In order to effectively execute the national Strategy on Antibiotic Resistance (StAR), it is important to know how people use antibiotics, how much they know about them and whether their attitudes towards their use is changing over time. For this reason, DemoSCOPE conducted the biannual representative telephone survey of the Swiss population last year on behalf of the Swiss Federal Office of Public Health (FOPH). Like in 2016, 2018, and 2020, 1,000 Swiss citizens were asked about their knowledge of, attitudes towards, and use of antibiotics. We summarised the key findings of this 2022 survey below.
How people in Switzerland use antibiotics
In 2022, almost one fifth of the Swiss population took antibiotics. Antibiotic use declined compared to the previous survey, down from 22% in 2020 to 19% in 2022, in particular in German-speaking Switzerland (- 3%) and Western Switzerland (- 7%).
Respondents reported receiving their antibiotics either directly from their GP or from a pharmacy with a prescription.
The antibiotics were taken primarily in connection with surgery (17%), for various inflammations or infections (16%), or to treat bladder or urinary tract infections (13%).
The proportion of respondents that took antibiotics following the determination of the underlying cause of disease with a laboratory test declined slightly. This proportion was 59% in 2020 and only 54% in 2022.
What people in Switzerland know about antibiotics
Respondents were asked to answer true or false to the following statements:
- Antibiotics destroy viruses (FALSE; answered correctly by 62%).
- Antibiotics are an effective agent against flu and colds (FALSE; answered correctly by 87%). Substantially more respondents answered correctly in 2022 compared to 2022 (up 9%).
- Taking antibiotics unnecessarily reduces their efficacy (TRUE; answered correctly by 86%).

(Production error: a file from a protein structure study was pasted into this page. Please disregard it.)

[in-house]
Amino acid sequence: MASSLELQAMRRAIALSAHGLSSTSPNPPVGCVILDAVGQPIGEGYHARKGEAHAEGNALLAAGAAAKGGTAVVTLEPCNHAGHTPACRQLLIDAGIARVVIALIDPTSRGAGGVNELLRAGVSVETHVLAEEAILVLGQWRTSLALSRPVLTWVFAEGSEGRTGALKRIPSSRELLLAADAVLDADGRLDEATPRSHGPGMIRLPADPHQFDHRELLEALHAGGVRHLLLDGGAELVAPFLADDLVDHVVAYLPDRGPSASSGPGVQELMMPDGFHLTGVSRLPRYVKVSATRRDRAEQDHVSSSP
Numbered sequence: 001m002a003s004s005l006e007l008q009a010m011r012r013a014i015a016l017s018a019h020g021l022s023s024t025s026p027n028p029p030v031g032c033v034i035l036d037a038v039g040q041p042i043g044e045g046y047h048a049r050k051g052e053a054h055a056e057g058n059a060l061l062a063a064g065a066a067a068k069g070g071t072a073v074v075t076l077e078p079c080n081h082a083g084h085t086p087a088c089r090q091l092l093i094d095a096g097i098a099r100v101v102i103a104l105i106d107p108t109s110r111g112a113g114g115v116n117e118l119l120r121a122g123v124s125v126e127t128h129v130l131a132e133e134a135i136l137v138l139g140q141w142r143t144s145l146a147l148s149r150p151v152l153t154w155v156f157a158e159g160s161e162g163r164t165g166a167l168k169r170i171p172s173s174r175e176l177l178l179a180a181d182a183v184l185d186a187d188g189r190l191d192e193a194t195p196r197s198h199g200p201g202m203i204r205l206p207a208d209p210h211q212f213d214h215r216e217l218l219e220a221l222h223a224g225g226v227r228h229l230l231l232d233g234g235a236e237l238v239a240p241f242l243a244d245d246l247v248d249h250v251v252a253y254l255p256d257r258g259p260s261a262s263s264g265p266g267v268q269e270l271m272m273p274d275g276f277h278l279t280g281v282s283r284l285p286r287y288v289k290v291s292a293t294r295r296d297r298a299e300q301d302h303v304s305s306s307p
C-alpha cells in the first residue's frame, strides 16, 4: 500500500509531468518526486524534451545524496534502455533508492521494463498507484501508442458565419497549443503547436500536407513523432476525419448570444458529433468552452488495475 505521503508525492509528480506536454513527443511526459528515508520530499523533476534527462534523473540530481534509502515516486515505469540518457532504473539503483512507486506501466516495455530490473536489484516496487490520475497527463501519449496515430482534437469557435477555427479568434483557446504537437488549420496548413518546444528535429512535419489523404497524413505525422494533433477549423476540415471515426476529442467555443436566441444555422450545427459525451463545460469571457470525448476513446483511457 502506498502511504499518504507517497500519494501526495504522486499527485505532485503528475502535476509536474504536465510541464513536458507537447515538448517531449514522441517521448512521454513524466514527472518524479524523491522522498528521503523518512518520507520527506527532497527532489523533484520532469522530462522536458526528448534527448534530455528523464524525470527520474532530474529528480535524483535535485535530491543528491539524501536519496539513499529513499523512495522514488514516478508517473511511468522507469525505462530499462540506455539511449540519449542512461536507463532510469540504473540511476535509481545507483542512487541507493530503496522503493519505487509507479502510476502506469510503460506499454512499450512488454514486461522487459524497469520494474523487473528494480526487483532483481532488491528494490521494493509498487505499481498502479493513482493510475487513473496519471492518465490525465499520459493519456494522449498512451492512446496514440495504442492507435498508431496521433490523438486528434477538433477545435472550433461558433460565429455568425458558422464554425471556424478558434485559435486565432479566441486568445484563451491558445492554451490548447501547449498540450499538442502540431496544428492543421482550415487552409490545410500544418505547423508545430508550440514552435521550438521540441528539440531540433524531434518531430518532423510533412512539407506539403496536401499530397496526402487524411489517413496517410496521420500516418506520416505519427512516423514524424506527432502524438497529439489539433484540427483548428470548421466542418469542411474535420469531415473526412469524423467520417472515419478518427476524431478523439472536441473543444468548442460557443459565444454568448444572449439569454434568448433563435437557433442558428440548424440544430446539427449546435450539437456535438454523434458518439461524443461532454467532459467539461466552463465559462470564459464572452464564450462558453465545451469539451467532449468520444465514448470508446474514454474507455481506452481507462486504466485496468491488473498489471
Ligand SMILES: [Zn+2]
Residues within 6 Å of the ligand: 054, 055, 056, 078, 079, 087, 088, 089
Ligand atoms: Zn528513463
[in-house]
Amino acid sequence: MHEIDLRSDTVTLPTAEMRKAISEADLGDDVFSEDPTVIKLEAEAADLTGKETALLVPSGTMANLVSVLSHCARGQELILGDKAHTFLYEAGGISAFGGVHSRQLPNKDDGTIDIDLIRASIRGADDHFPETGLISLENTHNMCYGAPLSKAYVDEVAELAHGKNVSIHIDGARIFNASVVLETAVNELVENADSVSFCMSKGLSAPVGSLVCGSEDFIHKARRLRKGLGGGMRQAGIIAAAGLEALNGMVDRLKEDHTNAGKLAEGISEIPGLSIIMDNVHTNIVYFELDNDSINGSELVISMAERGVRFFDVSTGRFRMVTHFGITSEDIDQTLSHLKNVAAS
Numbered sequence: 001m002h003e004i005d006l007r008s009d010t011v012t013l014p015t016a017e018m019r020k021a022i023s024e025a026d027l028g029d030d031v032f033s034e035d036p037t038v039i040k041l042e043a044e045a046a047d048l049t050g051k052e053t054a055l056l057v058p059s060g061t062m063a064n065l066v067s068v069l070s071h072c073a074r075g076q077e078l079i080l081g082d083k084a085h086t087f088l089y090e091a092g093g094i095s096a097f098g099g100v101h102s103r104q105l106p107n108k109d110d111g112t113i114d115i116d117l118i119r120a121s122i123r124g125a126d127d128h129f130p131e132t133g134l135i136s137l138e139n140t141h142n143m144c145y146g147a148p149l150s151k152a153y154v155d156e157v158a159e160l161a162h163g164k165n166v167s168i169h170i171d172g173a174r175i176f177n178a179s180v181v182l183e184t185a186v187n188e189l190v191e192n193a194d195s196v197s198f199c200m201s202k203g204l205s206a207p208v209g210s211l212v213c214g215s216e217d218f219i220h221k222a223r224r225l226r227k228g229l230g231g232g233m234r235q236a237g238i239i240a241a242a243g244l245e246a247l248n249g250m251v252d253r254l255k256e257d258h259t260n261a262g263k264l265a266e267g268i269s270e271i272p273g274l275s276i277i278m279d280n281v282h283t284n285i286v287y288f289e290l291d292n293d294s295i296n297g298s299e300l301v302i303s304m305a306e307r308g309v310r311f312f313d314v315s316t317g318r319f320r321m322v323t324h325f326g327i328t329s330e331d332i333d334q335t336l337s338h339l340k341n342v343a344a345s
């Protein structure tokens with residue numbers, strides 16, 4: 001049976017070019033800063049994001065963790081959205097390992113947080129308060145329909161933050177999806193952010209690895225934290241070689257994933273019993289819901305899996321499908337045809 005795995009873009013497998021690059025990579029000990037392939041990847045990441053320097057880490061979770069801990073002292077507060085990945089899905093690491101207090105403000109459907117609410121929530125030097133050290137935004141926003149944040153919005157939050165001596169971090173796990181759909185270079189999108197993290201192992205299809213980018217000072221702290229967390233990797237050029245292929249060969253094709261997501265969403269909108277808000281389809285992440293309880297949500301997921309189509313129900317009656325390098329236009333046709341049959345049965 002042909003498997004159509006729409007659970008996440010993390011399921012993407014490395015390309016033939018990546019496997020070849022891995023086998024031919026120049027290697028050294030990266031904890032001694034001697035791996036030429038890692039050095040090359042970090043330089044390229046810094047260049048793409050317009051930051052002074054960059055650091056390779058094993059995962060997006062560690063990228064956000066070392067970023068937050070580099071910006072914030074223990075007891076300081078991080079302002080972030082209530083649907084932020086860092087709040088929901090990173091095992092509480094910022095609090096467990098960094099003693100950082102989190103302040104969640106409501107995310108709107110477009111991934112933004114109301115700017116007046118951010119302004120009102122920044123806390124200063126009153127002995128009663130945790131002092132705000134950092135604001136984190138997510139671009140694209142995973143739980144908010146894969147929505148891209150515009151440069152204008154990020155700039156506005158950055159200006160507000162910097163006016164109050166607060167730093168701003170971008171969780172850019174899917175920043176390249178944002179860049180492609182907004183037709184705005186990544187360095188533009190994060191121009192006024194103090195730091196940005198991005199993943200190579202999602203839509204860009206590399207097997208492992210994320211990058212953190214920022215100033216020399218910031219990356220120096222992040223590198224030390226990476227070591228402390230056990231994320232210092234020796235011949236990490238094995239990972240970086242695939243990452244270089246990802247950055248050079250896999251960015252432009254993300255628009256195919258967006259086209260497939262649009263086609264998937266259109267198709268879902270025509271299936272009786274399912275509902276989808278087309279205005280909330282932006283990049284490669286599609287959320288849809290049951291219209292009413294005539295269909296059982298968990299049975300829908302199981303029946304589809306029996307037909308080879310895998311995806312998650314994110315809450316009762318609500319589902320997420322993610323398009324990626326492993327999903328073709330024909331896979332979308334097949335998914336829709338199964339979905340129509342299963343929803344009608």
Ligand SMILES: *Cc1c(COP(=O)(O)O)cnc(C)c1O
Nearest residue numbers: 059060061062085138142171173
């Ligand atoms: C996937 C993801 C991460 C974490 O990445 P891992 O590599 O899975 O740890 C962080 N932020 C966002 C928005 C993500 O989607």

- Taking antibiotics is often accompanied by side-effects such as diarrhoea (TRUE; answered correctly by 68%).
Almost half the respondents (47%) answered all four statements correctly and third (34%) answered three out of four correctly. On average, 3.24 of the statements were answered correctly – the highest value recorded in these surveys to date.
It is generally known that unnecessarily taking antibiotics will reduce their efficacy, and that antibiotics are not effective against flu or colds. Despite this, over one-third of Switzerland’s population (38%) incorrectly indicates that antibiotics can kill viruses.
Knowledge gaps in the use of antibiotics
Only 44% of the survey’s respondents who had taken antibiotics last year followed the instructions by their GP or pharmacy. These are somewhat more than the 38% in 2020, but substantially fewer than the 61% in 2016 who reported that they had completed the entire course of antibiotics prescribed to them. Accordingly, the number of people that stopped their treatment either after 4 to 14 days, after the packet was empty, or after they felt better declined slightly. The general rule here: antibiotics should always be taken as instructed by the health professionals concerned.